The stack of layers can be made by alternating steps to deposit insulating layers and memory layers, an additional photolithography and etching step possibly being implemented after each deposit of a memory layer to form several parts electrically isolated from each other in this memory layer.
The process may comprise a step between the step to make the stack of layers and the step to make the columns, or after the step to make the stack of layers, in which a plurality of trenches are made in the stack, passing through all layers in the stack and forming several portions isolated from each other, in the stack of layers.
The method may also comprise a step to make diodes on the walls of the holes or around the columns, at each memory layer, for example between the step to etch the plurality of holes in the stack of layers and the step to make the columns. Each diode may be designed to be placed at a memory layer.
The columns may be made by electrochemical deposition and/or by growth of nanotubes or nanowires starting from a catalyst previously deposited in the holes or on the substrate.
The method may for example comprise a step to deposit a layer that is at least partially conducting on the stack and on the columns or on at least on the columns, after the columns have been made.
The method may also comprise a step to produce diodes in the columns, at the insulating layers or around the columns, each diode then being designed to be placed at a memory layer.
The method may comprise a step to make a network of mobile microdots designed to apply voltage to the column terminals.
Finally, the method may comprise a step to make means for selecting one or several columns and/or a step to make means for selecting one or several memory layers.
This invention will be better understood after reading the description of example embodiments given purely for guidance and in no way limitative with reference to the appended drawings on which:
Identical, similar or equivalent parts of the different figures described below are assigned the same numeric references to facilitate comparisons between one figure and the other.
The different parts shown in the figures are not necessarily shown at a uniform scale, to make the figures more legible.
It should be understood that the different possibilities (variants and embodiments) are not mutually exclusive, and they can be combined with each other.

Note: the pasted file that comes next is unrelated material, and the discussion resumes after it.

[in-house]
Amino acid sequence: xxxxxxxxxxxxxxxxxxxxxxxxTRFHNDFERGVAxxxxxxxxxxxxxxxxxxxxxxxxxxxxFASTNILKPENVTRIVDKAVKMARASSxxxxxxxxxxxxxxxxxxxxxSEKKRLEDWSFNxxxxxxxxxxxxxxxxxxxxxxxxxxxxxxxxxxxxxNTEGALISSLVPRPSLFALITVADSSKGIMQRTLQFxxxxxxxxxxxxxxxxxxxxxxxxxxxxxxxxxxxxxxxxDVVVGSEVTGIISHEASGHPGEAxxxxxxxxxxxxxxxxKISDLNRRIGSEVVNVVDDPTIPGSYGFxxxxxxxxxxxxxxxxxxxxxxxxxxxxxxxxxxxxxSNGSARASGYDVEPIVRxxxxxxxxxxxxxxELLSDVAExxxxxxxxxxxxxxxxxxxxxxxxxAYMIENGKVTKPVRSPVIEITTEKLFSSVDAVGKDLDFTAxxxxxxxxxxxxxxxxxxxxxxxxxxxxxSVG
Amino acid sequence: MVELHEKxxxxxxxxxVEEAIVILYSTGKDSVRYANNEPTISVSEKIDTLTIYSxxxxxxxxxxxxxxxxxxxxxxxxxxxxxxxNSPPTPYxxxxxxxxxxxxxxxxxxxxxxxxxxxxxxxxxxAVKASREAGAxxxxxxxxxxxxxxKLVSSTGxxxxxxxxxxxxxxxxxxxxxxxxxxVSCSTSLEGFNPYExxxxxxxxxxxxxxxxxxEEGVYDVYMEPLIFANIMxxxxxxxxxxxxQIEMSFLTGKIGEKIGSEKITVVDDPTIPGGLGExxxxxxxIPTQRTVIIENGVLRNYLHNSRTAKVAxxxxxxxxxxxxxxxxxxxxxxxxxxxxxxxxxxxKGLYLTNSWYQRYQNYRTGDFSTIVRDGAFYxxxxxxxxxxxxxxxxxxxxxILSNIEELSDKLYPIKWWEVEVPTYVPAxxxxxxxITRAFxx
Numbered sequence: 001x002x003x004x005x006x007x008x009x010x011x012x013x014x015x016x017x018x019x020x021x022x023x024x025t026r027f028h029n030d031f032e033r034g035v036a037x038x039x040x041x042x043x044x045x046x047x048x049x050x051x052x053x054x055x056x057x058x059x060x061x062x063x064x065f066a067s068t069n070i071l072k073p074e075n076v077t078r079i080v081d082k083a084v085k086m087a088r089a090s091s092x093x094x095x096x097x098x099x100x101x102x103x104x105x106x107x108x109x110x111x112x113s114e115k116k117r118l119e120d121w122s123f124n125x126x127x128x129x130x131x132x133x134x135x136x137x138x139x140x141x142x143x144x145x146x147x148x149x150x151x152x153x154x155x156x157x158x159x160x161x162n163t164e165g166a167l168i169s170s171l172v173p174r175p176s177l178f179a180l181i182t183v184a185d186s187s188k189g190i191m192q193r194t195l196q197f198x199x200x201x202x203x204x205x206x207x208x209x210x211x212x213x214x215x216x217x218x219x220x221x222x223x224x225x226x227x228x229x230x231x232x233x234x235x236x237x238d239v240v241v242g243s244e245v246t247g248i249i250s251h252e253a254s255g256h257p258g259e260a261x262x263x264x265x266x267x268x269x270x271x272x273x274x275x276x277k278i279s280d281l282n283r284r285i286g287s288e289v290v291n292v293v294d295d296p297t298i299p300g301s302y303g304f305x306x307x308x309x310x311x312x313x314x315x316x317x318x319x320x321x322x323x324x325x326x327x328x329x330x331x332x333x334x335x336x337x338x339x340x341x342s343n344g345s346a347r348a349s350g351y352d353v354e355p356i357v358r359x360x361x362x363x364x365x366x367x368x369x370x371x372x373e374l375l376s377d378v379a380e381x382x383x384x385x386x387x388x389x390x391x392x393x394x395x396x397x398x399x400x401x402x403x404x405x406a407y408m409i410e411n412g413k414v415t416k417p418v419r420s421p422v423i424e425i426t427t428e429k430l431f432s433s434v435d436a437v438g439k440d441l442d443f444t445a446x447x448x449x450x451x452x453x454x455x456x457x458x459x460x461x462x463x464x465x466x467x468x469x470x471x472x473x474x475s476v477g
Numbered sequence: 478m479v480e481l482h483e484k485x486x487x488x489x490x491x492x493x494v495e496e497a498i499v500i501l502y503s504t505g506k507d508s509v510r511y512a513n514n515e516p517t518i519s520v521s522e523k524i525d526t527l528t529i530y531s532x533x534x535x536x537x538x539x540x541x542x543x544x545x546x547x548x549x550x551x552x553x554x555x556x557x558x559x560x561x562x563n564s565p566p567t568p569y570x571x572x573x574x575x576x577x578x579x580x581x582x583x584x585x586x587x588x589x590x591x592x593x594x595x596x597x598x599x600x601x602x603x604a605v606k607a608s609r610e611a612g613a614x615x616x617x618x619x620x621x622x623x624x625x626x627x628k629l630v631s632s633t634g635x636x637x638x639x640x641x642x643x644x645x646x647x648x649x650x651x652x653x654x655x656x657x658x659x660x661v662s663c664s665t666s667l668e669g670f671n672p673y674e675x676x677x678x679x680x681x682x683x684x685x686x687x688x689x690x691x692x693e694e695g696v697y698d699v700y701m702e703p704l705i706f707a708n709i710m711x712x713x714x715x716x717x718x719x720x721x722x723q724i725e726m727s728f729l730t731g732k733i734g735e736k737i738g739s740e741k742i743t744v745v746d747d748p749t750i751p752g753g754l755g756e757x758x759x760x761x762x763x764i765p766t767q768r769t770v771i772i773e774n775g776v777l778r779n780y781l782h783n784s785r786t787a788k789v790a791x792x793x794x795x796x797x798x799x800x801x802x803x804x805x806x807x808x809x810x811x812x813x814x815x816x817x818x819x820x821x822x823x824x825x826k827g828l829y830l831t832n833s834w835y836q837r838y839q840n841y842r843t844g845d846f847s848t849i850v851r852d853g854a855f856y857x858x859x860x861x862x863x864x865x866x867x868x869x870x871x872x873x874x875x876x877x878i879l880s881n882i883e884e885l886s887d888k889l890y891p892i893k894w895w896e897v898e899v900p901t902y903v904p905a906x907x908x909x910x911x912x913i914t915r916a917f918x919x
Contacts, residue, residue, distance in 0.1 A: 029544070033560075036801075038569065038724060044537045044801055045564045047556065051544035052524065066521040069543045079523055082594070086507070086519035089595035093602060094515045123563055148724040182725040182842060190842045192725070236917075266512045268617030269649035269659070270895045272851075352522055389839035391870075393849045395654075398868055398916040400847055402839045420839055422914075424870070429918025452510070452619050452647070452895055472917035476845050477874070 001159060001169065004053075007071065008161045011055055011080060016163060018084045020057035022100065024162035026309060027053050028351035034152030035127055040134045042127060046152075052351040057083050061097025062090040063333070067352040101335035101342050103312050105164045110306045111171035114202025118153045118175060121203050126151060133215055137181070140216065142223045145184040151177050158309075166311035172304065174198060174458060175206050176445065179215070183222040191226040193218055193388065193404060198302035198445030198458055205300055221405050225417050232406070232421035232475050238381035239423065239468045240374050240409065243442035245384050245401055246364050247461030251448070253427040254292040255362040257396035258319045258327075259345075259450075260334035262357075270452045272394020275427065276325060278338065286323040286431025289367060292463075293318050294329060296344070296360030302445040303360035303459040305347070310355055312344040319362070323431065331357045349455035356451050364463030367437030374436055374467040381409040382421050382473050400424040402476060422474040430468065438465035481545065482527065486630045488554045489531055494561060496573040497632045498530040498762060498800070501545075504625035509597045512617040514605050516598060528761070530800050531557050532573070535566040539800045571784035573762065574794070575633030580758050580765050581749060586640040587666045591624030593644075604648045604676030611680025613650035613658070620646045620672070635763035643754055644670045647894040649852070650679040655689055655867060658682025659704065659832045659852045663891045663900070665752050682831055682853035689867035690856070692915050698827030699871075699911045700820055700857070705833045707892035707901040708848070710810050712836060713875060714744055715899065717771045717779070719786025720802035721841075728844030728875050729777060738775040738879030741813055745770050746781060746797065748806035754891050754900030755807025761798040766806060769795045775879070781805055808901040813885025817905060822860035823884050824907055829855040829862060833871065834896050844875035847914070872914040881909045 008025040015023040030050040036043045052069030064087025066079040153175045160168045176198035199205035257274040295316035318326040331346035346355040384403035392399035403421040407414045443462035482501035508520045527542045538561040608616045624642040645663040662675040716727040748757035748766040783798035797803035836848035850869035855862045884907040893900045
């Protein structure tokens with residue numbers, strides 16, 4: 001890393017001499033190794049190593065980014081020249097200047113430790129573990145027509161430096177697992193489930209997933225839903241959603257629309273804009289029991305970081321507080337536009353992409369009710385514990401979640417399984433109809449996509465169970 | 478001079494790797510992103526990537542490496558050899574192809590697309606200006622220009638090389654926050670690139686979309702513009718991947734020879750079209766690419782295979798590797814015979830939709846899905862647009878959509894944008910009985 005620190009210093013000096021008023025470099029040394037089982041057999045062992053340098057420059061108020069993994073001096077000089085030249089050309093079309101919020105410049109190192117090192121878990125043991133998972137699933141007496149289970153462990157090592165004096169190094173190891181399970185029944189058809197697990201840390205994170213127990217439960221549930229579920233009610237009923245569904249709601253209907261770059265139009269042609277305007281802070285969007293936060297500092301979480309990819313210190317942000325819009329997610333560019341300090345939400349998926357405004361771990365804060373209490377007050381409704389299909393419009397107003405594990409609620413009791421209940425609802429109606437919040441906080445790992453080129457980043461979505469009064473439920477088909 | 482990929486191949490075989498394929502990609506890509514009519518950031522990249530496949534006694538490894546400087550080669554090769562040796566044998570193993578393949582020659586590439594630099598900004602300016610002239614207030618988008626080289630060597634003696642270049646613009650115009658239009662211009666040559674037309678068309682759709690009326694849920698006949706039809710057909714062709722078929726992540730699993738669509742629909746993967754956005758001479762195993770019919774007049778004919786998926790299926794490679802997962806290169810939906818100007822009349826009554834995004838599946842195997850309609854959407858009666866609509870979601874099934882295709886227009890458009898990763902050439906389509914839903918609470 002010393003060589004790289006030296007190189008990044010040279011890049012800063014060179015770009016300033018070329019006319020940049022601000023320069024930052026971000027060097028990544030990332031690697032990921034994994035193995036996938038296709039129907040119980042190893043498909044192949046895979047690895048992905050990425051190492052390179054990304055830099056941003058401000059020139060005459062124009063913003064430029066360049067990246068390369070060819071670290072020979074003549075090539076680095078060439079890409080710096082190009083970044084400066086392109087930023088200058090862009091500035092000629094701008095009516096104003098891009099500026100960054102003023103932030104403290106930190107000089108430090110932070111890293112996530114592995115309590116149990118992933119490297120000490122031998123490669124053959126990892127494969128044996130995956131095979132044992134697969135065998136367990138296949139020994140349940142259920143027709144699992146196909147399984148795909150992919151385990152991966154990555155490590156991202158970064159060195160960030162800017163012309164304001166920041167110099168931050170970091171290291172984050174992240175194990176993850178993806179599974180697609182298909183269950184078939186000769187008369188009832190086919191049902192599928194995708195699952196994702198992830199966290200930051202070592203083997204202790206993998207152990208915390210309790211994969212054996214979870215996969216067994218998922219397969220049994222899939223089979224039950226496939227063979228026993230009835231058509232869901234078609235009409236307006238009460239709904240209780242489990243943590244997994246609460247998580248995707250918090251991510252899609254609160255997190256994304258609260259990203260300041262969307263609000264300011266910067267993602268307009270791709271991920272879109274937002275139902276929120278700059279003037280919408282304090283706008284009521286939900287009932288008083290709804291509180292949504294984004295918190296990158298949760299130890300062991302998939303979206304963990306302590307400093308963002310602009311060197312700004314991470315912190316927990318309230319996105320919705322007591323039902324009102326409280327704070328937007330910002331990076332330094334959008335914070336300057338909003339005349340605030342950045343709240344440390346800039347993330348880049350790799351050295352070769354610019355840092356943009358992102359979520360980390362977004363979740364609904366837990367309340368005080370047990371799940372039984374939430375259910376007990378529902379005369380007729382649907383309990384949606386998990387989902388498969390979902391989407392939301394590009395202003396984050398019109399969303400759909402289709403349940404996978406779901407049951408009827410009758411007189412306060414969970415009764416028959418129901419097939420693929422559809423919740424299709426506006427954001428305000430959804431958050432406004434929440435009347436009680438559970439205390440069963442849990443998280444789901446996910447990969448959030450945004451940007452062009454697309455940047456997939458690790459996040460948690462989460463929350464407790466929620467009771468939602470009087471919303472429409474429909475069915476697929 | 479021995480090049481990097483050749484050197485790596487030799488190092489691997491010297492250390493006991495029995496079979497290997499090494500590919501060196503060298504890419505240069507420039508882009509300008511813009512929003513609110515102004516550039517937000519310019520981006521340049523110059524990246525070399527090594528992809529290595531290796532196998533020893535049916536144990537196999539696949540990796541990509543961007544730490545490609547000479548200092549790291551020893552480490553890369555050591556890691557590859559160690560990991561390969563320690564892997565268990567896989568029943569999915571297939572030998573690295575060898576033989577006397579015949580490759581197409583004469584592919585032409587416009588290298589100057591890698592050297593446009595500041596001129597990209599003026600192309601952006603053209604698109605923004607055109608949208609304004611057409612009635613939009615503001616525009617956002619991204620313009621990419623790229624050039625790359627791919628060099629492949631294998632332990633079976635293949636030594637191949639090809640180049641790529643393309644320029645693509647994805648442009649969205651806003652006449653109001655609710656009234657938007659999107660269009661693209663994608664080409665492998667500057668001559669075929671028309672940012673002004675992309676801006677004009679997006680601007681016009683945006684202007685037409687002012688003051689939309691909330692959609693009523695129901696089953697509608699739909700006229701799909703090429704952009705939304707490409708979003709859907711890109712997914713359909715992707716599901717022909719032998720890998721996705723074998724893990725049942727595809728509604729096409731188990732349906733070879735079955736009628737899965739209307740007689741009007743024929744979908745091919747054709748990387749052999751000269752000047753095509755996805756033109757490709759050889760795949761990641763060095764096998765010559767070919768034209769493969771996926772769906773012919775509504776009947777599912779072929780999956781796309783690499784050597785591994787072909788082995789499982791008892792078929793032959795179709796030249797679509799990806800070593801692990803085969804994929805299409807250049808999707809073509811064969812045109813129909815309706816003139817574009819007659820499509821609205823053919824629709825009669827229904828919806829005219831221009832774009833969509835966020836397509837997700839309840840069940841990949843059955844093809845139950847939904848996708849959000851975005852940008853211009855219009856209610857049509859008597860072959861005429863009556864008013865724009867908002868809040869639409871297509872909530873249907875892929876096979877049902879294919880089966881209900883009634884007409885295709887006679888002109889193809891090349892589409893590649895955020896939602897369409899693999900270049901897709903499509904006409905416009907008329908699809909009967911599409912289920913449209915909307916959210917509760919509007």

Refer firstly to
The device 100 comprises a substrate 102, for example based on semiconductor such as silicon, and/or glass and/or plastic. The substrate 102 may also be based on silicon with a (111) or (100) crystalline orientation.
The device 100 also comprises several layers 106.1 to 106.3 based on a phase change material, in other words a material for which the electrical conduction properties can be modified, stacked on substrate 102. Only three layers 106.1 to 106.3 have been shown in
In this first embodiment, each memory layer 106.1 to 106.3 is arranged between two insulating layers 108. In general, the device 100 may comprise at least one memory layer arranged between two insulating layers. When the device 100 comprises several memory layers, each memory layer is arranged between two insulating layers.
The device 100 also comprises several columns 110 at least partly based on an electrically conducting material such as Cu and/or TiN, and/or W and/or doped Si. These columns 110 pass through the memory layers 106.1 to 106.3 and the insulating layers 108, for example perpendicularly. Only three columns 110 are shown in
It is also possible that the column section can be of a different shape, for example rectangular, triangular or any other form.
A structure of electronic diodes 114 is formed around each column 110. This structure forms an electronic diode between each memory layer and the column around which the structure is located. Thus, such a structure located around one of the columns 110 prevents a current circulating in one of the memory layers 106.1 to 106.3 from passing into the other memory layers 106.1 to 106.3 through this column 110. In one variant, diodes may be made in the columns 110 between each memory level, in other words at the insulating layers 108.
Each intersection of a column 110 and one of the memory layers 106.1 to 106.3 forms a memorisation element of the device 100 in which information is written and/or read.
The memory layers 106.1 to 106.3 and the insulating layers 108 may be structured into several <<boxes>> or portions arranged in the substrate 102, isolated from each other by vacuum and/or an insulating material. A single box 116 comprising the memory layers 106.1 to 106.3 and insulating layers 108 is shown in the example in
The device 100 also comprises a plurality of microdots 112, for example a network of mobile microdots based on at least one electrically conducting material capable of selecting the columns 110 in which the information must be written and/or read by polarising these columns 110 by applying a voltage to the terminals of these columns 110. Only one microdot 112 is shown in